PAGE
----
A Systematic Review on the Treatment of Dermatosis Papulosa Nigra

April 2021 | Volume 20 | Issue 4 | Original Article | 467 | Copyright © April 2021

Published online March 19, 2021

Jalal Maghfour MDa, Temitayo Ogunleye MDb

aDepartment of Medicine, Tulane University School of Medicine, New Orleans, LA
bDepartment of Dermatology, Hospital of the University of Pennsylvania, Philadelphia, PA

Dermatosis papulosa nigra (DPN) is a benign skin condition that is primarily reported in skin of color patients. While prevalent, treatment options are limited and the benign course of DPNs may cause them to be overlooked by clinicians. However, large and multiple lesions in cosmetically sensitive areas may be emotionally and socially distressful to patients. There are few literature reviews examining treatment options for this condition. A literature search was performed using PubMed, Medline, Embase, and Web of Science databases. 67 articles were identified and 15 studies met the inclusion criteria. Our findings demonstrate that laser therapy is becoming increasingly utilized as a safe and efficacious treatment for DPNs in skin of color patients.

J Drugs Dermatol. 20(4):467-472. doi:10.36849/JDD.2021.5555


Dermatosis papulosa nigra (DPNs) are benign epidermal growths and are considered a variant of seborrheic keratoses.1 DPNs primarily affect darker skinned individuals with Fitzpatrick skin types III–VI, and have a predilection for women of African and Asian descent.1 While the exact prevalence remains unknown, up to one third of African Americans have been diagnosed with DPNs.1 DPNs are classically described as asymptomatic brown to dark brown papules found on the cheeks and periocularly, but may occur on other parts of the face, neck, chest, and back. Lesions may be filliform or sessile, and are typically 2–10 mm in size.2 Despite the benign nature of this condition, the number and size of DPNs may increase with age. Because of its predilection for the face, head and neck, DPNs can be cosmetically displeasing and it has been reported that DPNs may negatively impact patients’ quality of life.3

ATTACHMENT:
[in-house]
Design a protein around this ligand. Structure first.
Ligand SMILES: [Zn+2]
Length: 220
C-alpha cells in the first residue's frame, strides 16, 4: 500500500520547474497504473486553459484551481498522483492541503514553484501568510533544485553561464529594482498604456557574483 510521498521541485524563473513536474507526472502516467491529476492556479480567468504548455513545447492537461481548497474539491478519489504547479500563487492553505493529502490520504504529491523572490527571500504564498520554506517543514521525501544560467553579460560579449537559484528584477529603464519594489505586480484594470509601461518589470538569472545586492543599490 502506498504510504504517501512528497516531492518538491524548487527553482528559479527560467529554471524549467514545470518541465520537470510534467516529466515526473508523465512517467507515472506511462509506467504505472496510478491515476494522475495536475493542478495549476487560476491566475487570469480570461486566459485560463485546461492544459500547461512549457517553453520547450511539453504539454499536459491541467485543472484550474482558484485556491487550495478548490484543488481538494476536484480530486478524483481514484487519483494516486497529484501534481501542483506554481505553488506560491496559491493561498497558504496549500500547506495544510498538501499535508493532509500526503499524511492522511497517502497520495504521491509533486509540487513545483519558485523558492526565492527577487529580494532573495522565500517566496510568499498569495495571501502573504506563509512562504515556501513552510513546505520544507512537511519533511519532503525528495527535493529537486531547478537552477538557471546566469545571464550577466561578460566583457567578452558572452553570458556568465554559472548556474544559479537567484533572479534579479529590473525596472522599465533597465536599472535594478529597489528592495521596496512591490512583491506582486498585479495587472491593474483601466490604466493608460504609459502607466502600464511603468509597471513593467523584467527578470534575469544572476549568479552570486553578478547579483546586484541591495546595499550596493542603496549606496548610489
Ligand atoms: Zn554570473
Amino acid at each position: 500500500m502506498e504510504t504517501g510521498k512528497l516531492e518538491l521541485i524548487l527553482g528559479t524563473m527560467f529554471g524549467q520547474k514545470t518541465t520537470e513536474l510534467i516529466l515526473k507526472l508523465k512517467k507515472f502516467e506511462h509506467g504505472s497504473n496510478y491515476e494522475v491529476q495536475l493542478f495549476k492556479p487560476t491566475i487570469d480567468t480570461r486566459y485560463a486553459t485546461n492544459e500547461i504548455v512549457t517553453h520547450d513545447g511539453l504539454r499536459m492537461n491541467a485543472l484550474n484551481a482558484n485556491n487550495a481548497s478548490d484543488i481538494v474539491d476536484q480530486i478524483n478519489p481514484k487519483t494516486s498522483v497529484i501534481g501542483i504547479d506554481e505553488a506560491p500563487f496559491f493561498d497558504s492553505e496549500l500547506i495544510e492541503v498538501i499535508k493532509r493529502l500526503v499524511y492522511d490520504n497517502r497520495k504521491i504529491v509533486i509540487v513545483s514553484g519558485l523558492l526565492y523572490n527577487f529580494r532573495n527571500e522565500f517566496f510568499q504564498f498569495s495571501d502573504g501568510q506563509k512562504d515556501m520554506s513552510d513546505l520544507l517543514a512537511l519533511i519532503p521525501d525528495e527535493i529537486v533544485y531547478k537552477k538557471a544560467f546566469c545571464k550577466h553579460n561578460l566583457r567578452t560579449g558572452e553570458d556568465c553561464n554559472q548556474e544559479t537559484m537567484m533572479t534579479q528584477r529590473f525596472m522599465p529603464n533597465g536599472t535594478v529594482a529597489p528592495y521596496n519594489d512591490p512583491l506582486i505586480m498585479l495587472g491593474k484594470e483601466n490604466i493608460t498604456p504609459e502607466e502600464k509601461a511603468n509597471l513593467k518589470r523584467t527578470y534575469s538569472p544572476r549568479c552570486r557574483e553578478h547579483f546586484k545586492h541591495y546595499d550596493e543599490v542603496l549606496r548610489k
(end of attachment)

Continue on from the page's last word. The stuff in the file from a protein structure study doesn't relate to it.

Typical treatment recommendations include light electrodesiccation with/without curettage, cryotherapy, and snip excision with scissors with various levels of efficacy.4 Treatment is usually pursued cautiously to avoid post-inflammatory hyperpigmentation (PIH) and scarring in darker skinned individuals. New emerging therapies such as laser treatments are being increasingly utilized as an alternative therapy. To the best of our knowledge, there is little to no summative data on DPN treatments. The aim of this review is to summarize the evidence in the literature examining various treatments for DPN.


A comprehensive systematic review was performed using Pubmed, Medline and Embase databases in June 2020. The search included the following terms: (“dermatosis papulosa nigra” OR “DPN”) AND (“treatments” OR “therapies”). Studies were searched from 1960 to June 2020. Full-text articles reporting treatment types and outcomes were included. Studies were excluded for the following reasons: 1) no specific descriptions of treatment types 2) no treatment outcome measured 3) non-English articles.


67 non-duplicated articles were identified, and 35 articles were screened for full-text eligibility; 15 met the inclusion criteria and were included in the systematic review. This included six cohort studies, one "randomized clinial trial (RCT), five case reports/case series and three pilot studies.

Results were reported according to the Preferred Reporting Items for Systematic Reviews and Meta-analyses (PRISMA)5 guidelines (Figure 1).

Curettage and Electrodesiccation
Electrodesiccation is a subtype of electrosurgery that causes tissue destruction via heat production. It is anecdotally considered the standard therapy among many dermatologists (with or without curettage) for the treatment of benign lesions such as DPNs. In a comparative randomized study,6 electrodesiccation yielded a higher rate of lesion resolution (92.5%) than laser (88%), but this was not statistically significant (P>0.05). However, PIH was commonly reported among patients treated with electrodesiccation.7 Pigmentary side effects were